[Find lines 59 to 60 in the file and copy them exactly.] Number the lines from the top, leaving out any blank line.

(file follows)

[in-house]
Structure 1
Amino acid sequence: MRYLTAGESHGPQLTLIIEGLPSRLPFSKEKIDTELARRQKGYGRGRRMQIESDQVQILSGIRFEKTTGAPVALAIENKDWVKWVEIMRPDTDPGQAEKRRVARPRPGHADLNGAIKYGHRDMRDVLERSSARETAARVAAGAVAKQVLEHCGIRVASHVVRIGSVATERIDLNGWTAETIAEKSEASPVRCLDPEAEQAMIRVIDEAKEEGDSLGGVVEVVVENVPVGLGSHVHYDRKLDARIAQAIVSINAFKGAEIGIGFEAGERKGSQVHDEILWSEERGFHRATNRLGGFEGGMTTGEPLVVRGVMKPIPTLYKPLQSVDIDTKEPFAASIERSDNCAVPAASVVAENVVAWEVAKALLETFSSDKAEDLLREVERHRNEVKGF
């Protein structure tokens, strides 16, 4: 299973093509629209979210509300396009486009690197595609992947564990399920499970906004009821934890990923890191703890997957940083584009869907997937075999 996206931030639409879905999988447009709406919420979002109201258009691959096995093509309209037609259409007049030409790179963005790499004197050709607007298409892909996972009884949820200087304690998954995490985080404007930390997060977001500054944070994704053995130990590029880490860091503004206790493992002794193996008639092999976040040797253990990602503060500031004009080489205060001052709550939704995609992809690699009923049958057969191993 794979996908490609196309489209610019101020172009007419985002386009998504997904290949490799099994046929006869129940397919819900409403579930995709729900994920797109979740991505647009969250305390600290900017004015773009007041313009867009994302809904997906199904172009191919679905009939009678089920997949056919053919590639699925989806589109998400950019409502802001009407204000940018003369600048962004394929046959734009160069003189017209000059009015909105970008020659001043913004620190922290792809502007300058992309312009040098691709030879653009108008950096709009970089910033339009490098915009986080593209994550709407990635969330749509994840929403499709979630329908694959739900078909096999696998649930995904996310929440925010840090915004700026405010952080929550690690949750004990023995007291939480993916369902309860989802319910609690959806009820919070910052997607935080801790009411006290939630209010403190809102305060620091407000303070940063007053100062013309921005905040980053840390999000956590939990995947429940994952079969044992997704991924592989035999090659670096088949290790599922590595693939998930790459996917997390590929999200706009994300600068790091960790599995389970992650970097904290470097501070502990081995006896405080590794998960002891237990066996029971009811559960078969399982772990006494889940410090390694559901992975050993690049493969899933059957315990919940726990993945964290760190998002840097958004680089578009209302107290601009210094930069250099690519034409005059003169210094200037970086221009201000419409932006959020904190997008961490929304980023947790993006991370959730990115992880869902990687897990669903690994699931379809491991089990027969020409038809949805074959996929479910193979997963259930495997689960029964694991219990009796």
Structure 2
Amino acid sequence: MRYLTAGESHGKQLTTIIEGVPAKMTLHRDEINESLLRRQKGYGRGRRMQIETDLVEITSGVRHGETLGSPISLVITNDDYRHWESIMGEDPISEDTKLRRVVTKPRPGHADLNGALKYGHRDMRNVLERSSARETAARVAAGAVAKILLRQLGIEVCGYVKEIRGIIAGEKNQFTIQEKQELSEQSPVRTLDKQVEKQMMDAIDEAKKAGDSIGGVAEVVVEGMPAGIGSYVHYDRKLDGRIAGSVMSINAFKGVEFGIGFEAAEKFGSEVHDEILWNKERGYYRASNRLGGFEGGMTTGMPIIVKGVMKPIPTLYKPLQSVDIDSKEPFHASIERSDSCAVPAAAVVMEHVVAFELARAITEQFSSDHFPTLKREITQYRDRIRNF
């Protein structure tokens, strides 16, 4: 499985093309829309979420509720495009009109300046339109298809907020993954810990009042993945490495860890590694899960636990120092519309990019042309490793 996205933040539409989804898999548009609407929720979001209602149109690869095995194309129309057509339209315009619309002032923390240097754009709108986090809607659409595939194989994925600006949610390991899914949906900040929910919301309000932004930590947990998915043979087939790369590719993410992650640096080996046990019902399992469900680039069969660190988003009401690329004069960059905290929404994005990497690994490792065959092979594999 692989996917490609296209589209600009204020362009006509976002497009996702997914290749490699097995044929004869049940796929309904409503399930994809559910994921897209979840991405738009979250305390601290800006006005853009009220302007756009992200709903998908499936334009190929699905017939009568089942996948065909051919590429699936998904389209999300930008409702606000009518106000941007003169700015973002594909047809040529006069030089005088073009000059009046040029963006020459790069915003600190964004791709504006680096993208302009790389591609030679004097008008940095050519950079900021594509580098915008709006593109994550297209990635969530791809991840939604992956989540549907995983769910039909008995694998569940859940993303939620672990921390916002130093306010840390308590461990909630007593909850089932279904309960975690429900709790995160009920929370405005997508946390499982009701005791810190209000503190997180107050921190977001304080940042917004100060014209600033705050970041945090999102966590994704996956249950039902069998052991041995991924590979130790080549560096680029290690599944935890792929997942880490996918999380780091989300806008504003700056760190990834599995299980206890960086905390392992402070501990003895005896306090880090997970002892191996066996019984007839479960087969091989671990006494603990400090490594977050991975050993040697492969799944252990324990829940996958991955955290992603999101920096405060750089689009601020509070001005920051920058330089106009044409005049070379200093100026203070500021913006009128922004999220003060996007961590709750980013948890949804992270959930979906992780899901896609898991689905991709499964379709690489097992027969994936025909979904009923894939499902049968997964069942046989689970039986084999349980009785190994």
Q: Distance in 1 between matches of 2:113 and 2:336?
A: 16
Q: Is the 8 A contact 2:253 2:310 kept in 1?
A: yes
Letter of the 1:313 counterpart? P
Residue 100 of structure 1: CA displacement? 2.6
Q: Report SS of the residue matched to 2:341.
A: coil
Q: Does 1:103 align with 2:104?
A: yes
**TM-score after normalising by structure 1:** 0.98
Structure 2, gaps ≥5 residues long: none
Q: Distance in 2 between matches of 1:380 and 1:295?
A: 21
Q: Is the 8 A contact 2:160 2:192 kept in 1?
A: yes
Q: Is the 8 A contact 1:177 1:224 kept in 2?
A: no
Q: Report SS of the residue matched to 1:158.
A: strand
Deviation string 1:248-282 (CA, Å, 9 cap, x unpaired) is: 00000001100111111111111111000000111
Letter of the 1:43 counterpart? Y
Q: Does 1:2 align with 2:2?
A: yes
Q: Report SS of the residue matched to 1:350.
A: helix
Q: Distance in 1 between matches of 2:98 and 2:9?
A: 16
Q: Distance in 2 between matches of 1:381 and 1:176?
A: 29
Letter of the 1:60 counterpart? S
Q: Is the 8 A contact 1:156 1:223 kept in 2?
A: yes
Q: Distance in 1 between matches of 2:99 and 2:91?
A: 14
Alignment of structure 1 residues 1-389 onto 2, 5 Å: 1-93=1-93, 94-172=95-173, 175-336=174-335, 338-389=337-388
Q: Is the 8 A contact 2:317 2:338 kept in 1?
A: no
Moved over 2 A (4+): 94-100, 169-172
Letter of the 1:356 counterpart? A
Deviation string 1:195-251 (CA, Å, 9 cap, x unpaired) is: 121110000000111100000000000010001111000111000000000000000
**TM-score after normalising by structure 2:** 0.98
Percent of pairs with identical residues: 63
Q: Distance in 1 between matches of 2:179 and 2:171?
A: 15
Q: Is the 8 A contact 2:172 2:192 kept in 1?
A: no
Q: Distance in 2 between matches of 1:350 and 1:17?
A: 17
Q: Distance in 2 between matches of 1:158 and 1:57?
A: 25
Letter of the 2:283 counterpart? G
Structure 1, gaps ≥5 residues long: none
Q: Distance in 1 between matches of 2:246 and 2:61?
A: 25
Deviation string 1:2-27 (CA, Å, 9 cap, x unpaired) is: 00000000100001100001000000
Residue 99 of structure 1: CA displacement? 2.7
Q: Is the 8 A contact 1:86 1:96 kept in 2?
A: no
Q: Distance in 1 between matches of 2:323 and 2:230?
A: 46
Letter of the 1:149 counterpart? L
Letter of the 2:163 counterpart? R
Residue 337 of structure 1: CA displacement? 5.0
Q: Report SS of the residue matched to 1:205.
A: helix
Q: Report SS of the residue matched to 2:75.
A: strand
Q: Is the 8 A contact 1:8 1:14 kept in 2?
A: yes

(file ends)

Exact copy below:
Letter of the 2:283 counterpart? G
Structure 1, gaps ≥5 residues long: none